2012 Canadian Paediatric Society

77. A randomized, double-blind trial of amorolfine 0.25% cream and sertaconazole 2% cream in limited dermatophytosis. Full Text available with Trip Pro

/005246) was performed. Sixty-six untreated adults with acutely symptomatic tinea cruris/corporis were included in the study. All patients had limited cutaneous involvement and were KOH mount positive. Group A received amorolfine 0.25% cream, and group B received sertaconazole 2% cream twice daily application to the lesions for 4 weeks. After the baseline visit, four follow-up visits were carried out. The outcome measures for effectiveness were clinical and mycological cure. Safety parameters studied (...) A randomized, double-blind trial of amorolfine 0.25% cream and sertaconazole 2% cream in limited dermatophytosis. Dermatophytosis is becoming increasingly unresponsive to conventional antifungals. Newer topical antifungals may be more effective in these patients.To evaluate and compare the efficacy and safety of amorolfine 0.25% cream and sertaconazole 2% cream in limited tinea cruris/corporis.A single-center, randomized (1:1), double-blind, parallel group, active-controlled trial (CTRI/2014/12

2018 Indian journal of dermatology, venereology and leprology Controlled trial quality: uncertain

78. To Study Generic Calcipotriene and Betamethasone Dipropionate Topical Foam, 0.005%/0.064%, in the Treatment of Psoriasis Vulgaris (Plaque Psoriasis).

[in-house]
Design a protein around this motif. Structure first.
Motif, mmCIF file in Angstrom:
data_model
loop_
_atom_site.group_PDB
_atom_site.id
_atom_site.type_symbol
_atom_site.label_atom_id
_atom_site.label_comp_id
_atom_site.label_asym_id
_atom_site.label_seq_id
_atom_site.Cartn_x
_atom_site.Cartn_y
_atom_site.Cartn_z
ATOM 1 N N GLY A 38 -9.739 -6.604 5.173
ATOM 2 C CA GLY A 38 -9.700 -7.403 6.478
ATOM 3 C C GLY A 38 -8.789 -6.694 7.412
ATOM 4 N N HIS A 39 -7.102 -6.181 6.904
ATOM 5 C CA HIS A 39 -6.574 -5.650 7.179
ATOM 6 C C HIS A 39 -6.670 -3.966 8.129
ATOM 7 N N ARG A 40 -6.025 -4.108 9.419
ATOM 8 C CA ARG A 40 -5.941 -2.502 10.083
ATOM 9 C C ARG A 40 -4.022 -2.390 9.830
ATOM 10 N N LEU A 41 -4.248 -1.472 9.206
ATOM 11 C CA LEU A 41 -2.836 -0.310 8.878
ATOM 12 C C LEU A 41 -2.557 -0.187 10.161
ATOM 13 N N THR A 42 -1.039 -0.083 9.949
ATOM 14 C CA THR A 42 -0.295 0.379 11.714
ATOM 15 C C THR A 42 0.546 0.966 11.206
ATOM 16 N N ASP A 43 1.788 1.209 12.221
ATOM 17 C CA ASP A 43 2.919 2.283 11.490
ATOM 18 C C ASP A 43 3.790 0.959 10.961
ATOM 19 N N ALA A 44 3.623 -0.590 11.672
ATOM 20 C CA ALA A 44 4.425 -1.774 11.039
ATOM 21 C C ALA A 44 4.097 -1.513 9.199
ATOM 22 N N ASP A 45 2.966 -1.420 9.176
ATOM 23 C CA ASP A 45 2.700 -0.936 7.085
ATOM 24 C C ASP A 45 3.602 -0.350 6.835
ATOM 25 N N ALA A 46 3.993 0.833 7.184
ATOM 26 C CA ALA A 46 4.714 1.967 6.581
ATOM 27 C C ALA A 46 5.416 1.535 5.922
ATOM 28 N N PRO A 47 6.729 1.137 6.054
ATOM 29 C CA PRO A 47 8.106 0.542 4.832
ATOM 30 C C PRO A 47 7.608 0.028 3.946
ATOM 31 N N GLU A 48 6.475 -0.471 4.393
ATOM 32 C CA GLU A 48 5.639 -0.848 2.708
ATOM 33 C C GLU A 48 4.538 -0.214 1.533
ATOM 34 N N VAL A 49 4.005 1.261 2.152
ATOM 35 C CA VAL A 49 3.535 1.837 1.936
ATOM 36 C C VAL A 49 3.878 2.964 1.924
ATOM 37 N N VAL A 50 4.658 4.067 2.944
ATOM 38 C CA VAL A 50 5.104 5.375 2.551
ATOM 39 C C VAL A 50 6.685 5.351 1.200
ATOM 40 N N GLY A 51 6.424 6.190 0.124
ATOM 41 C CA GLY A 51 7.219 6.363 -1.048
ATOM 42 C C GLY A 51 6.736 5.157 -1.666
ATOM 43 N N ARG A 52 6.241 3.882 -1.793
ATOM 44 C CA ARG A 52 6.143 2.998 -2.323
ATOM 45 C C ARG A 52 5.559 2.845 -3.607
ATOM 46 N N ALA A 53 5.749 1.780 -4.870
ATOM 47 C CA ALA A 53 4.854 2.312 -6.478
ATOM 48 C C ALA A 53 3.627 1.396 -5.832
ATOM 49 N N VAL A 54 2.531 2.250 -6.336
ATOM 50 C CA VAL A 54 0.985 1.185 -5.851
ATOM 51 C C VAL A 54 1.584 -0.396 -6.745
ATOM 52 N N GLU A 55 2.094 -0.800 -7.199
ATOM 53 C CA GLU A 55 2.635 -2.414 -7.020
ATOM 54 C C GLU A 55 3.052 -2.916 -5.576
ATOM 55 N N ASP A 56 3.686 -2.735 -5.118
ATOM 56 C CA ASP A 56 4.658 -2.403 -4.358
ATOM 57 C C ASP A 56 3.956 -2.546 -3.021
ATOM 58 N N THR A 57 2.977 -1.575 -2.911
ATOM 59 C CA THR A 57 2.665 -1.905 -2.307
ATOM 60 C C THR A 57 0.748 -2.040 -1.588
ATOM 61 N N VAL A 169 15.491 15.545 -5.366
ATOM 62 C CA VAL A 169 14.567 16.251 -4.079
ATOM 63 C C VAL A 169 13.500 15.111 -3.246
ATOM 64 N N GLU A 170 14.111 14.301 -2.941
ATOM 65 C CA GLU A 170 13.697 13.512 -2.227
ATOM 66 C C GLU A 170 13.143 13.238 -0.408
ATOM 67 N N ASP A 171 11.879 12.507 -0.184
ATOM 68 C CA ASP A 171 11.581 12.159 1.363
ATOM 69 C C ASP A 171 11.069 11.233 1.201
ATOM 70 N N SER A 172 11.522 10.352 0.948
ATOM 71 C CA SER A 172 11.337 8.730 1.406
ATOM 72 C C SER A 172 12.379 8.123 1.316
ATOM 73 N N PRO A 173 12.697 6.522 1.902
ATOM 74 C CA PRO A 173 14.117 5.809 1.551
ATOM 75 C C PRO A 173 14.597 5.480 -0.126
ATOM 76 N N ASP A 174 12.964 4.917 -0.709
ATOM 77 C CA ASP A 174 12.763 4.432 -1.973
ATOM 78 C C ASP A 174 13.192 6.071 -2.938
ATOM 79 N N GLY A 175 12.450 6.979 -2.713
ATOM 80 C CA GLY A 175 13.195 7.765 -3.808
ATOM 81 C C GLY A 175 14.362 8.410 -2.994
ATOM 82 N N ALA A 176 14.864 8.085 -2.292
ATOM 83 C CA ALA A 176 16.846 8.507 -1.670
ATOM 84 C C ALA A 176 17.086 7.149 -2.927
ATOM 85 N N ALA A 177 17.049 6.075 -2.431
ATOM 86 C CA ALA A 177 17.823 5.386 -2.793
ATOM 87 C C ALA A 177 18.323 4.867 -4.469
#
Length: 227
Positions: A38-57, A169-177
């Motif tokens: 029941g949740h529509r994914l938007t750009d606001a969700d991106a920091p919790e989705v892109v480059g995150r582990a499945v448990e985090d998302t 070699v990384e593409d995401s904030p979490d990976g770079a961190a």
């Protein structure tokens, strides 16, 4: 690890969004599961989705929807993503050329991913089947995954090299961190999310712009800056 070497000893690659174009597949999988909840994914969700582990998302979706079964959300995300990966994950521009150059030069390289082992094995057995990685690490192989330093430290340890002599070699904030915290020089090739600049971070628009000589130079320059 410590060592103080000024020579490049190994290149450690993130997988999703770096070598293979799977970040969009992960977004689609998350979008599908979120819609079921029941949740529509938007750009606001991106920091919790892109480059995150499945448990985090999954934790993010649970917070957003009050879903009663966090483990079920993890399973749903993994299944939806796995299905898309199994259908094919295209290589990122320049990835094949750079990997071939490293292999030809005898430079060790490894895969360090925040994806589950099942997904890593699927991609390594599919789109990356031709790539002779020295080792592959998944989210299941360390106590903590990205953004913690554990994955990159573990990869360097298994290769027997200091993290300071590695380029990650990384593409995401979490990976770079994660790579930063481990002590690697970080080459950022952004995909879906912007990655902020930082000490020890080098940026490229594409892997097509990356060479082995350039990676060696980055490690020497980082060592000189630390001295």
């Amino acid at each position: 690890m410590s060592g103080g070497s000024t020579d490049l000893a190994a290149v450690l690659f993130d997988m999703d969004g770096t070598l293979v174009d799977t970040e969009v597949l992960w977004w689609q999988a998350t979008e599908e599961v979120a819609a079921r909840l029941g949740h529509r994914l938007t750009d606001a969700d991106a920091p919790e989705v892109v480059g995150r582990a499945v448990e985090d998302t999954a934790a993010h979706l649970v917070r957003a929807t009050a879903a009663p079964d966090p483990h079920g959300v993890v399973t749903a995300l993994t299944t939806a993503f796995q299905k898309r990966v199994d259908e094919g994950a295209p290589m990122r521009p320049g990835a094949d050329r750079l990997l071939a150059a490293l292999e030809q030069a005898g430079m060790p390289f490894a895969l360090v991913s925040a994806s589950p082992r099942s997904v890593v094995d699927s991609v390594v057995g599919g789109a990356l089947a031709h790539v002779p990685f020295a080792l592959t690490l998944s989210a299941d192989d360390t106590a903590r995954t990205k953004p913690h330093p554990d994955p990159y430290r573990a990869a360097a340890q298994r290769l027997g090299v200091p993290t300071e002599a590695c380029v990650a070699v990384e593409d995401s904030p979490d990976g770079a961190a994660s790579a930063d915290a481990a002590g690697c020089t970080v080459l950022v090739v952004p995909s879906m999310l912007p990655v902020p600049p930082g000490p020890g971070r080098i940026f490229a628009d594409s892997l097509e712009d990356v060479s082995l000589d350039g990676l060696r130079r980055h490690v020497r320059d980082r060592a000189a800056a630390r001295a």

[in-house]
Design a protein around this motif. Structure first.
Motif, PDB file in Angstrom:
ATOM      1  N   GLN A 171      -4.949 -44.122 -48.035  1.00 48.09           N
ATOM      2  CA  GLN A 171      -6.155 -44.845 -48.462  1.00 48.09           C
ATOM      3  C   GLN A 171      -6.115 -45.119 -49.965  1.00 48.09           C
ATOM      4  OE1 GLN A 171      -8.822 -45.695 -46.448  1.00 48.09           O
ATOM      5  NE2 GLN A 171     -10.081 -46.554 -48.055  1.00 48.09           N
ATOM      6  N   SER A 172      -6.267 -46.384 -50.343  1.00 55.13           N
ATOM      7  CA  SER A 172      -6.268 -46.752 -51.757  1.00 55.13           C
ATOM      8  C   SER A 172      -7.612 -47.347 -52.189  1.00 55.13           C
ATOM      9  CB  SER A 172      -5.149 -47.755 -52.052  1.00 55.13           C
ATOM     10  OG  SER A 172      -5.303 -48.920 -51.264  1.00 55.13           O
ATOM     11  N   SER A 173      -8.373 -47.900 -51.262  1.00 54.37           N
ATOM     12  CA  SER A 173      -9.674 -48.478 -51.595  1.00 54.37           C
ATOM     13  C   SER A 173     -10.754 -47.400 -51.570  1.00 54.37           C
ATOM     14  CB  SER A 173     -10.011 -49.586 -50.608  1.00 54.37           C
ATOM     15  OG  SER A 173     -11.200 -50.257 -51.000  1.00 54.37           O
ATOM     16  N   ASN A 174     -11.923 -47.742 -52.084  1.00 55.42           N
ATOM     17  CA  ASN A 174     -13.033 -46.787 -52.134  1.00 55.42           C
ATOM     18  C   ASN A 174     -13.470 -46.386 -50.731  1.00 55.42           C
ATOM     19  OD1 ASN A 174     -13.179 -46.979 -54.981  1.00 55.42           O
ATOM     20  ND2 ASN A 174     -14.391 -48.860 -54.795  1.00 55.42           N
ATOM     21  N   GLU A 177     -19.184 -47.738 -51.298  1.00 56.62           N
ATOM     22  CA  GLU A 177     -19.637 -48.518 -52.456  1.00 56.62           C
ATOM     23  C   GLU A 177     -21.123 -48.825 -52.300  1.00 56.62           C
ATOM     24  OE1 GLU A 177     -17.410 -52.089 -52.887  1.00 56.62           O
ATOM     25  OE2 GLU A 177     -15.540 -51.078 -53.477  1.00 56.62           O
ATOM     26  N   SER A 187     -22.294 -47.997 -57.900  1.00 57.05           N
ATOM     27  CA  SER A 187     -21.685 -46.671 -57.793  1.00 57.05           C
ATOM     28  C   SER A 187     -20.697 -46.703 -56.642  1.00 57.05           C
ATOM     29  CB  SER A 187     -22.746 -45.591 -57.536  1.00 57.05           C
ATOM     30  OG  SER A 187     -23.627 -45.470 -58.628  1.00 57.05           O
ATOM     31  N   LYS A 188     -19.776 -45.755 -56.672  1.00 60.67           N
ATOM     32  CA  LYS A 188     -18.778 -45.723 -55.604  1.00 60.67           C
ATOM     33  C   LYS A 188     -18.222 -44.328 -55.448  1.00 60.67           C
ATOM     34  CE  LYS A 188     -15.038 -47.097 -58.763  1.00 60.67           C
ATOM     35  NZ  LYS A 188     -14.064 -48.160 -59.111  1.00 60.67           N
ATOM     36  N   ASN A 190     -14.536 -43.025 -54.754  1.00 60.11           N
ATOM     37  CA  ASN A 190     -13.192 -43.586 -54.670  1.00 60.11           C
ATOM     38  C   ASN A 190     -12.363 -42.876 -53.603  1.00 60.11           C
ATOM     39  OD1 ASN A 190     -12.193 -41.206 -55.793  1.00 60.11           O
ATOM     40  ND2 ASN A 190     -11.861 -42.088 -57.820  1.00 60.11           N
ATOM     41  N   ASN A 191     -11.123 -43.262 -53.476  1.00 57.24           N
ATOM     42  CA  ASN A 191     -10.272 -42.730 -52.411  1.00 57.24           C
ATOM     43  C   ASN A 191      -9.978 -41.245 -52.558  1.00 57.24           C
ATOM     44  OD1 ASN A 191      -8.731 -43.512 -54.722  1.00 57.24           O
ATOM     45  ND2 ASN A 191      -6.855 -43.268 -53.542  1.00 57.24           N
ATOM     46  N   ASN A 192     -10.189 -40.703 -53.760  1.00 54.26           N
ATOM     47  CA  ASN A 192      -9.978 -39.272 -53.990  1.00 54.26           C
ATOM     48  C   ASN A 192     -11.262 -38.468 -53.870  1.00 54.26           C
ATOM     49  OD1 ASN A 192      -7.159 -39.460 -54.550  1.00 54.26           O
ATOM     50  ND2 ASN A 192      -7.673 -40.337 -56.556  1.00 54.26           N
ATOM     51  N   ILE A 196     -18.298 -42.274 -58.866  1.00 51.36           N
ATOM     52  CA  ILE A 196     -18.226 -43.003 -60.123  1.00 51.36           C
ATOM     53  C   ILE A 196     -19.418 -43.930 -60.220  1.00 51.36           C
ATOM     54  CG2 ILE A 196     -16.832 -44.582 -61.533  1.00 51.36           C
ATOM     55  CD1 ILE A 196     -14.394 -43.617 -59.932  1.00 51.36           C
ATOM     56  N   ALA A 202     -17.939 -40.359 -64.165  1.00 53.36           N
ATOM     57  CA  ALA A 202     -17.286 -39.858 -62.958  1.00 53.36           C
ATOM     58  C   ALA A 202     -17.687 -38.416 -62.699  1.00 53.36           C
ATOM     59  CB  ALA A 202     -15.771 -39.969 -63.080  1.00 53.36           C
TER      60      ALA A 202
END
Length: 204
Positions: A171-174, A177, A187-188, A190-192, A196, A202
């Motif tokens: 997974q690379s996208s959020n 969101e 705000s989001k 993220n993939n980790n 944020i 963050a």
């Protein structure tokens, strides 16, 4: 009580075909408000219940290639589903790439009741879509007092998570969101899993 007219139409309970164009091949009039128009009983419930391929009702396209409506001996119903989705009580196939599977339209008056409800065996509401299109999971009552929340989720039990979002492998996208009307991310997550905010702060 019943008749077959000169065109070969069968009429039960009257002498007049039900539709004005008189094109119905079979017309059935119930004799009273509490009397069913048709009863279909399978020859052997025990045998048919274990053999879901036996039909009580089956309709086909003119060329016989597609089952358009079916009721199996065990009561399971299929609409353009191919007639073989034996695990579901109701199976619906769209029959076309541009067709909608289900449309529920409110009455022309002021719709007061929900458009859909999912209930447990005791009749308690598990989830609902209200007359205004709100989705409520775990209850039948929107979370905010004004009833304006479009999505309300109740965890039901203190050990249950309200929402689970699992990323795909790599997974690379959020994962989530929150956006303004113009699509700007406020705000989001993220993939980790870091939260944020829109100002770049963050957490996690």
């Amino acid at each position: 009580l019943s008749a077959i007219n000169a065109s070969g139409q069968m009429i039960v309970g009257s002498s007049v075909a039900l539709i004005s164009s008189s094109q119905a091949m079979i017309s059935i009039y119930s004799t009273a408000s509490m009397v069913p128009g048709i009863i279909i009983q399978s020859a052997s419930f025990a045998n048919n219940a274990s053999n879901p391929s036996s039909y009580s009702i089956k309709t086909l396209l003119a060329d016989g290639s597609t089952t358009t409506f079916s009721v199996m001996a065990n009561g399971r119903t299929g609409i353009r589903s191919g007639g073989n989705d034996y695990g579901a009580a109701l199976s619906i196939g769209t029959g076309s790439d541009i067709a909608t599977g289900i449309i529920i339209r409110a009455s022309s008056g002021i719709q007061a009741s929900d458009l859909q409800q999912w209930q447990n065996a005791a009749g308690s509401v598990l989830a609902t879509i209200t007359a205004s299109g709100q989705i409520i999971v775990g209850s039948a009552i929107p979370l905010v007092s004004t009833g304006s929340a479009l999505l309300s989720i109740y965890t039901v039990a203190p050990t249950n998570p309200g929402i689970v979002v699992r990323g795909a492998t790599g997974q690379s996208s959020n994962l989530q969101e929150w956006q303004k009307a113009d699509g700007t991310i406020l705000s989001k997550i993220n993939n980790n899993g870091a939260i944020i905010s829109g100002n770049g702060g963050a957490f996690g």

the evaluation of the psoriasis vulgaris (e.g., atopic dermatitis, contact dermatitis, tinea corporis). Presence of pigmentation, extensive scarring, pigmented lesions, or sunburn in the treatment areas that could interfere with the rating of efficacy parameters. History of psoriasis unresponsive to topical treatments. History of hypersensitivity to any component of the Test or Reference product. Current or past history of hypercalcemia, calcium metabolism disorder, vitamin D toxicity, severe renal

2018 Clinical Trials

79. Cryptococcosis as a cause of nephrotic syndrome? A case report and review of the literature Full Text available with Trip Pro

disease he was also diagnosed as having disseminated severe tinea mannum, tinea corporis and tinea cruris; onychomycosis, skin eczema and psoriasis. After a prolonged course of anti-fungal therapy, his skin lesions as well as his nephrotic syndrome recovered completely. Follow up after 7 months without any anti-fungal or immunosuppression showed no skin or renal recurrence. We assume that the renal disease was related to the pre-existing cutaneous cryptococcosis, aggravated by immunosuppression

2018 IDCases

80. Expert Consensus on The Management of Dermatophytosis in India (ECTODERM India). Full Text available with Trip Pro

Expert Consensus on The Management of Dermatophytosis in India (ECTODERM India). Dermatophytosis management has become an important public health issue, with a large void in research in the area of disease pathophysiology and management. Current treatment recommendations appear to lose their relevance in the current clinical scenario. The objective of the current consensus was to provide an experience-driven approach regarding the diagnosis and management of tinea corporis, cruris (...) , recurrent, relapse, recalcitrant and multisite tinea cases. Topical monotherapy was recommended for naïve tinea cruris and corporis (localised) cases, while a combination of systemic and topical antifungals was recommended for naïve and recalcitrant tinea pedis, extensive lesions of corporis and recalcitrant cases of cruris and corporis. Because of the anti-inflammatory, antibacterial and broad spectrum activity, topical azoles should be preferred. Terbinafine and itraconazole should be the preferred

2018 BMC Dermatology